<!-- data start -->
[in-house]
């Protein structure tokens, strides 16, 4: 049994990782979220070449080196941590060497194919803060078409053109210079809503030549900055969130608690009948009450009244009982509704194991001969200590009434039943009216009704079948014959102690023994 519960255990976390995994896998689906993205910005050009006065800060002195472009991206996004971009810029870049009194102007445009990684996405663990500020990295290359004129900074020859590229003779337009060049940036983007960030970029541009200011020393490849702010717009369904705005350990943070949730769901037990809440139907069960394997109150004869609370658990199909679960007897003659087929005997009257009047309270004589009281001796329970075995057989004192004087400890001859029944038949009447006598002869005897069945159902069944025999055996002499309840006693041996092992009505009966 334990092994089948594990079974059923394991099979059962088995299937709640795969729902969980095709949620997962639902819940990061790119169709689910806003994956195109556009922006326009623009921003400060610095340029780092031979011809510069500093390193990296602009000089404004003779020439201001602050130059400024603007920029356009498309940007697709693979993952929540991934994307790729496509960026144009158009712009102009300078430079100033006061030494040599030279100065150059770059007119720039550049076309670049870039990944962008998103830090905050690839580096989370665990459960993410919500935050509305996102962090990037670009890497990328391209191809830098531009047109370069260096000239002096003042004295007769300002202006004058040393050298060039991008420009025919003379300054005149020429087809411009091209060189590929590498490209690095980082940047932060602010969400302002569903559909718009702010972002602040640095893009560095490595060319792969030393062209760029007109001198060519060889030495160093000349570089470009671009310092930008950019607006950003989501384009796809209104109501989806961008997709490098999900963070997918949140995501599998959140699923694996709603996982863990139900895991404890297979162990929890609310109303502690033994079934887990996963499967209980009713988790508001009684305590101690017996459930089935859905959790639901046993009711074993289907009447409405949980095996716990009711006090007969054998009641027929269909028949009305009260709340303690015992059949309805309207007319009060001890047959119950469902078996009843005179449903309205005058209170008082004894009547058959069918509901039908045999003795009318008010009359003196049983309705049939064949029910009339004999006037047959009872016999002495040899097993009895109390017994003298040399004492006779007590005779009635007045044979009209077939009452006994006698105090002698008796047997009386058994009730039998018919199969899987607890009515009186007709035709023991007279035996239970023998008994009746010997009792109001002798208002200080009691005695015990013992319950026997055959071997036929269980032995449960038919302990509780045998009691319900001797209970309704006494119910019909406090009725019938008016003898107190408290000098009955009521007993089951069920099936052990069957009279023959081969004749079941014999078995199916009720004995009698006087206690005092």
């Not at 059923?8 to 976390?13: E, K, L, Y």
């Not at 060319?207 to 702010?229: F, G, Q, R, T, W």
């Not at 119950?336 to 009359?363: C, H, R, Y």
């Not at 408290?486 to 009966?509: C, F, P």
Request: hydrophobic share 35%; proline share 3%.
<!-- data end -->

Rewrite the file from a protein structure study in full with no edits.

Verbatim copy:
[in-house]
């Protein structure tokens, strides 16, 4: 049994990782979220070449080196941590060497194919803060078409053109210079809503030549900055969130608690009948009450009244009982509704194991001969200590009434039943009216009704079948014959102690023994 519960255990976390995994896998689906993205910005050009006065800060002195472009991206996004971009810029870049009194102007445009990684996405663990500020990295290359004129900074020859590229003779337009060049940036983007960030970029541009200011020393490849702010717009369904705005350990943070949730769901037990809440139907069960394997109150004869609370658990199909679960007897003659087929005997009257009047309270004589009281001796329970075995057989004192004087400890001859029944038949009447006598002869005897069945159902069944025999055996002499309840006693041996092992009505009966 334990092994089948594990079974059923394991099979059962088995299937709640795969729902969980095709949620997962639902819940990061790119169709689910806003994956195109556009922006326009623009921003400060610095340029780092031979011809510069500093390193990296602009000089404004003779020439201001602050130059400024603007920029356009498309940007697709693979993952929540991934994307790729496509960026144009158009712009102009300078430079100033006061030494040599030279100065150059770059007119720039550049076309670049870039990944962008998103830090905050690839580096989370665990459960993410919500935050509305996102962090990037670009890497990328391209191809830098531009047109370069260096000239002096003042004295007769300002202006004058040393050298060039991008420009025919003379300054005149020429087809411009091209060189590929590498490209690095980082940047932060602010969400302002569903559909718009702010972002602040640095893009560095490595060319792969030393062209760029007109001198060519060889030495160093000349570089470009671009310092930008950019607006950003989501384009796809209104109501989806961008997709490098999900963070997918949140995501599998959140699923694996709603996982863990139900895991404890297979162990929890609310109303502690033994079934887990996963499967209980009713988790508001009684305590101690017996459930089935859905959790639901046993009711074993289907009447409405949980095996716990009711006090007969054998009641027929269909028949009305009260709340303690015992059949309805309207007319009060001890047959119950469902078996009843005179449903309205005058209170008082004894009547058959069918509901039908045999003795009318008010009359003196049983309705049939064949029910009339004999006037047959009872016999002495040899097993009895109390017994003298040399004492006779007590005779009635007045044979009209077939009452006994006698105090002698008796047997009386058994009730039998018919199969899987607890009515009186007709035709023991007279035996239970023998008994009746010997009792109001002798208002200080009691005695015990013992319950026997055959071997036929269980032995449960038919302990509780045998009691319900001797209970309704006494119910019909406090009725019938008016003898107190408290000098009955009521007993089951069920099936052990069957009279023959081969004749079941014999078995199916009720004995009698006087206690005092």
């Not at 059923?8 to 976390?13: E, K, L, Y």
């Not at 060319?207 to 702010?229: F, G, Q, R, T, W």
């Not at 119950?336 to 009359?363: C, H, R, Y």
């Not at 408290?486 to 009966?509: C, F, P």
Request: hydrophobic share 35%; proline share 3%.